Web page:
Dotscience today launched a namesake platform for building and deploying artificial intelligence (AI) models based on a set of best DevOps practices.
Company CEO Luke Marsden said that as organizations realize that AI models need to be trained and updated continuously, the need for a DevOps platform that accelerates that process will become more apparent. Today most AI models are trained over an extended amount of time and then deployed within an application environment. Over time, however, either more data becomes available or organizations determine the machine and deep learning algorithms originally used to create the AI model need to be updated or replaced. Whatever the underlying reason for replacing an AI model, a platform that addresses all the aspects of the AI model life cycle, including testing, reproducibility, accountability, collaboration and continuous delivery, is required, he said.
To address those requirements, the Dotscience platform facilitates concurrent collaboration across developer and operations teams, version control of the model creation process, tracking of provenance records in real-time, exploring and optimizing hyper-parameters when training a model and tracking workflows across multiple open source tools.
Most of the teams that build AI models have backgrounds in data science versus application development. As such, Marsden noted most of them have had little to no exposure to DevOps practices. In that absence of those processes, teams building AI models now routinely encounter issues such as having to navigate siloed data and technical debt, which all conspire to extend the time required to build AI model, Marsden said. In addition, teams building AI models need to keep track of not only versions, but also runs of their code that tie together input data with models and corresponding hyperparameters and metrics, he added.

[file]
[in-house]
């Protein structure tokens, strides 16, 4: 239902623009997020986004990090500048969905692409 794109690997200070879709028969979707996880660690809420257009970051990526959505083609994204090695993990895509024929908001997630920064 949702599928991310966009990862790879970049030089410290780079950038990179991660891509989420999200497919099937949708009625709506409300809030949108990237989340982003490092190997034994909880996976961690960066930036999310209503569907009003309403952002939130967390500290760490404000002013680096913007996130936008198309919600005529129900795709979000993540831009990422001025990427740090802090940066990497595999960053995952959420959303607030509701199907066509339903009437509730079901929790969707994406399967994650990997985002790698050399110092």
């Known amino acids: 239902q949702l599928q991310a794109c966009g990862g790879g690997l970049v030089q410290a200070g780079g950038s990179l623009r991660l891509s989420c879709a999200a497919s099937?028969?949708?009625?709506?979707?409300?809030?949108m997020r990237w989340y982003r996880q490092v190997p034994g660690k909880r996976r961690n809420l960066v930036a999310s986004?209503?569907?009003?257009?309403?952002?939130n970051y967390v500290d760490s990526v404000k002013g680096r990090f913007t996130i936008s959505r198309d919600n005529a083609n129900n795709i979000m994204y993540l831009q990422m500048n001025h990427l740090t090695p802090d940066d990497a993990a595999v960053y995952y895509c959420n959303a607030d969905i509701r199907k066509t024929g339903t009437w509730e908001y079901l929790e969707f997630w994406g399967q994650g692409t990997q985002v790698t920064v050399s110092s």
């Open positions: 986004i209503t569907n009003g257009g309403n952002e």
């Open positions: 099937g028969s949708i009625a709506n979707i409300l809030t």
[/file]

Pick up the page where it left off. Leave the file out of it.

In the absence of a DevOps platform such as Dotscience, it becomes challenging for organizations to document what changes were made to an AI model when, Marsden said. That governance issue has become especially problematic when it comes to AI models because organizations are coming under increased regulatory pressure to document how the AI models they are employing are built and updated.
Dotscience’s “The State of Development and Operations of AI Applications” report also published today identifies the top three challenges with AI workloads are duplicating work (33%), rewriting a model after a team member leaves (27.6%) and justifying its value (27%). Based on a survey of 500 industry professionals, the report also finds 52% of respondents track provenance manually using tools such as spreadsheets, while 27% don’t track provenance at all but think it is important. In total, the survey finds 63% of businesses report they are spending between $500,000 and $10 million on their AI efforts.
As more organizations rely on DevOps processes to build and deploy applications, there’s no doubt that teams building AI models that need to be inserted into those applications will have to fall in line with best DevOps practices. That challenge now is finding a way to extend those DevOps processes all the way back to the building of the AI models themselves. Only then is the AI model building and deployment process likely to become agile enough to stay relevant to the pace of change now occurring across digital business processes.